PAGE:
Article Text

PDF
128
Concussion in the emergency department; unconsciously incompetent?
  1. Thom Phillips1,
  2. Katie Guy1,
  3. Rhodri Martin2,
  4. Alicia Tomkinson3,
  5. Dan Phillips4,
  6. Nicole Sloane5
  1. 1Abertawe Bro-Morgannwg University Health Board, Wales, UK
  2. 2Cwm-Taf University Health Board, Wales, UK
  3. 3North Tees & Hartlepool NHS Trust, Stockton-on-Tees, UK
  4. 4Cardiff University School of Medicine, Cardiff, UK
  5. 5Newcastle School of Medicine, Newcastle upon Tyne, UK

Abstract

Objective Sports related concussion is an increasingly common occurrence. Outside professional sport it is typically managed within Emergency Departments. The objective was to assess the level of knowledge and understanding of UK emergency medicine doctors of concussion; it’s recognition, diagnosis and management.

Design Cross-sectional observational study using self-report questionnaires.

Setting Questionnaires were distributed at regional EM conferences between October 2015 and January 2016. 15 secondary and 5 tertiary care centres were represented.

Participants 156 questionnaires were completed. Illegible answers, defaced or incorrectly completed questionnaires were discarded. 134 were included in the analysis. Training levels represented were: Consultant (10%), Specialist Registrar (12%), Staff Grade (5%), Core Trainee (34%), Foundation Trainee (20%), Emergency Nurse Practitioners (1.5%), Medical Students (16%).

Interventions (or Assessment of Risk Factors) The questionnaire asked respondents to correctly identify signs and symptoms of concussion according to the Zurich consensus statement. It asked whether there were differences in the management of adult and paediatric concussion together with questions regarding RTP guidelines and use of potentially protective equipment.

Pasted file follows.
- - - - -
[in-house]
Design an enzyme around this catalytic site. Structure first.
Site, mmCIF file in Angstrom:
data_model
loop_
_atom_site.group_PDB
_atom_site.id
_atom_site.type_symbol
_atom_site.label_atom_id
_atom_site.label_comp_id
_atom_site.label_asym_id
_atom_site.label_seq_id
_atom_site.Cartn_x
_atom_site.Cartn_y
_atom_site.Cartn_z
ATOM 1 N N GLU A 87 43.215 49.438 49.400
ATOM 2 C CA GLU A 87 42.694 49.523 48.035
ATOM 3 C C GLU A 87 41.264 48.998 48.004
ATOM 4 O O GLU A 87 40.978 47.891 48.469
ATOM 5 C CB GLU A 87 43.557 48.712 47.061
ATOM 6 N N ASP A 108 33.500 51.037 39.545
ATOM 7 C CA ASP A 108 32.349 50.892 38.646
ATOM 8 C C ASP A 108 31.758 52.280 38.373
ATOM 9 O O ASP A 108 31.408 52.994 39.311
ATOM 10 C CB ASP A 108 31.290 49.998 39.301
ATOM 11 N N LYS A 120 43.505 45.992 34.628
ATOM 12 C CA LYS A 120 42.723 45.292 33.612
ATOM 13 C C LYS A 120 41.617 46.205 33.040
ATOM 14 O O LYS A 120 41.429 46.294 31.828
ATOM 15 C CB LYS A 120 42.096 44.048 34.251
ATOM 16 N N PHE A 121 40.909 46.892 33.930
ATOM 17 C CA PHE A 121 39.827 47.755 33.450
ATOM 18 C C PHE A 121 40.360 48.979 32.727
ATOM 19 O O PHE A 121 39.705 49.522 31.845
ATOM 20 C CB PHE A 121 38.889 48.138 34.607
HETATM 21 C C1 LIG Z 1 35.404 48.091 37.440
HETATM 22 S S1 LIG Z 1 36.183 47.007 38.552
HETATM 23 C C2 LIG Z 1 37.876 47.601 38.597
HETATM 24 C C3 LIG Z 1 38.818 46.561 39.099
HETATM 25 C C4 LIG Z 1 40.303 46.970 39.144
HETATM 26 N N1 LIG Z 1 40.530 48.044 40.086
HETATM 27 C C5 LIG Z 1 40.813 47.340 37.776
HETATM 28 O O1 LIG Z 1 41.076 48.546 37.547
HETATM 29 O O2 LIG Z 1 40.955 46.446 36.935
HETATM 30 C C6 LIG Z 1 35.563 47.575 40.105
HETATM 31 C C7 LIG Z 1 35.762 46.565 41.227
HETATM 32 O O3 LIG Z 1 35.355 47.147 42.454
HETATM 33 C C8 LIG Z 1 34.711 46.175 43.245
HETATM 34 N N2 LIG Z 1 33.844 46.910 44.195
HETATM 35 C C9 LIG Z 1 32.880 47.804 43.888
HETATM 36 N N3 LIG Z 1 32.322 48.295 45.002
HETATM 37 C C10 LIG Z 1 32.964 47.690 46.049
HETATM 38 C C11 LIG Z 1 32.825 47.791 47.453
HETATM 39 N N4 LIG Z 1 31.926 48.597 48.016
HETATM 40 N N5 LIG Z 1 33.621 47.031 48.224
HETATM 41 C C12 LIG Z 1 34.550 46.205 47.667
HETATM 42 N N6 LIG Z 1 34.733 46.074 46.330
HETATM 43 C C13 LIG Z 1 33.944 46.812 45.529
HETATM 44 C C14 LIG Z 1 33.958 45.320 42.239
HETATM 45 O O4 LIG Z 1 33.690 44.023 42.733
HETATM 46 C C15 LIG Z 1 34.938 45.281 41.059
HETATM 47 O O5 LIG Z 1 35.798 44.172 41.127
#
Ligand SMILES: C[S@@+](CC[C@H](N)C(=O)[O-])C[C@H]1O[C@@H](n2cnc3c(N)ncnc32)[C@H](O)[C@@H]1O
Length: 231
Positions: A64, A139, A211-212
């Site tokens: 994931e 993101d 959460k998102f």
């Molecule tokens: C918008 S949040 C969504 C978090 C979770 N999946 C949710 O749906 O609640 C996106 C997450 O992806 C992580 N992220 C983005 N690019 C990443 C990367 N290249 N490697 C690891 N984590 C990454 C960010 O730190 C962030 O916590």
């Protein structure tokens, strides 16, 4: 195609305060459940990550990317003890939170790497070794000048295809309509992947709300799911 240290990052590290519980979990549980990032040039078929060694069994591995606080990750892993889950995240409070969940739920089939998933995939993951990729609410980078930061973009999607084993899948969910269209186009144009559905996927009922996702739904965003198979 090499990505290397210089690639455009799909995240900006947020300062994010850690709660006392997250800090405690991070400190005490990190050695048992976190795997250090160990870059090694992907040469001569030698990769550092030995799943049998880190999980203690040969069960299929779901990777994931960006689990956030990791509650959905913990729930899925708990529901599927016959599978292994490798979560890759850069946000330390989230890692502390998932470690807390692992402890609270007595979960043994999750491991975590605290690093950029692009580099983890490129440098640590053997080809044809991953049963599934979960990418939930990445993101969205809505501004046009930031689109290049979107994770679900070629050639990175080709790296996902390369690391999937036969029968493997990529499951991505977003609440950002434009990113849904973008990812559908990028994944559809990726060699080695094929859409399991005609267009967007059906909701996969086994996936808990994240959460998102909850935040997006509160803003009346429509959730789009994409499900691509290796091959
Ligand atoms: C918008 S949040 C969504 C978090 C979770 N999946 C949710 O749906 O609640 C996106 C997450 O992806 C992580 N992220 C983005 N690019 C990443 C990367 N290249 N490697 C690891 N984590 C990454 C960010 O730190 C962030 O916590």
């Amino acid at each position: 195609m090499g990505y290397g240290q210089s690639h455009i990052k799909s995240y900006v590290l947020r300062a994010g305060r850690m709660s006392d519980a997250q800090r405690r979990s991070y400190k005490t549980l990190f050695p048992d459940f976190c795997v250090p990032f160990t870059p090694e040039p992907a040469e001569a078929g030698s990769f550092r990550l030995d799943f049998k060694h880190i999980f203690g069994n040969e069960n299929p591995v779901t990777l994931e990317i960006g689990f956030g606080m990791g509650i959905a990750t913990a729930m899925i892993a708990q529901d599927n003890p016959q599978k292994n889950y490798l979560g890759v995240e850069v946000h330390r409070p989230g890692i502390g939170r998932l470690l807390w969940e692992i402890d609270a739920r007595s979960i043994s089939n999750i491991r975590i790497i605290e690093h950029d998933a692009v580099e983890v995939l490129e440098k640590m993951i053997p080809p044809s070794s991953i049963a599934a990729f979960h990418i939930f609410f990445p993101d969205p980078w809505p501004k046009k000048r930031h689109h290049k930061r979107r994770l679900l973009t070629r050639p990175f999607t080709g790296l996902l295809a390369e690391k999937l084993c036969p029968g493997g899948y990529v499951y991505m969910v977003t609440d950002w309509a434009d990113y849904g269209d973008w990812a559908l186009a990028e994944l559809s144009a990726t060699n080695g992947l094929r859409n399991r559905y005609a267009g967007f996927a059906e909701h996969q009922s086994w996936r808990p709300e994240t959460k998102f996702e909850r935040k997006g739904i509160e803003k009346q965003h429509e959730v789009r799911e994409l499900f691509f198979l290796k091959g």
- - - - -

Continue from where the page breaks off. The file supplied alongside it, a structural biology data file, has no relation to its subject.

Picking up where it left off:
Main results Consultants obtained the highest signs and symptoms score (6.2). The least correct were Specialist Registrars (2.0). Diagnostic accuracy did not differ between secondary and tertiary centres (p=0.67). 80% of participants incorrectly identified headguards as being protective against concussion. 35.4% of respondents acknowledged a difference between adult and paediatric concussion.

Conclusions This small yet representative sample highlights a lack of knowledge in concussion in health professionals working in EDs in the UK. Efforts to improve the knowledge and understanding of concussion are required given the increasing awareness of the impact and occurrence of sports concussion.

Competing interests None.

Statistics from Altmetric.com

Request permissions

If you wish to reuse any or all of this article please use the link below which will take you to the Copyright Clearance Center’s RightsLink service. You will be able to get a quick price and instant permission to reuse the content in many different ways.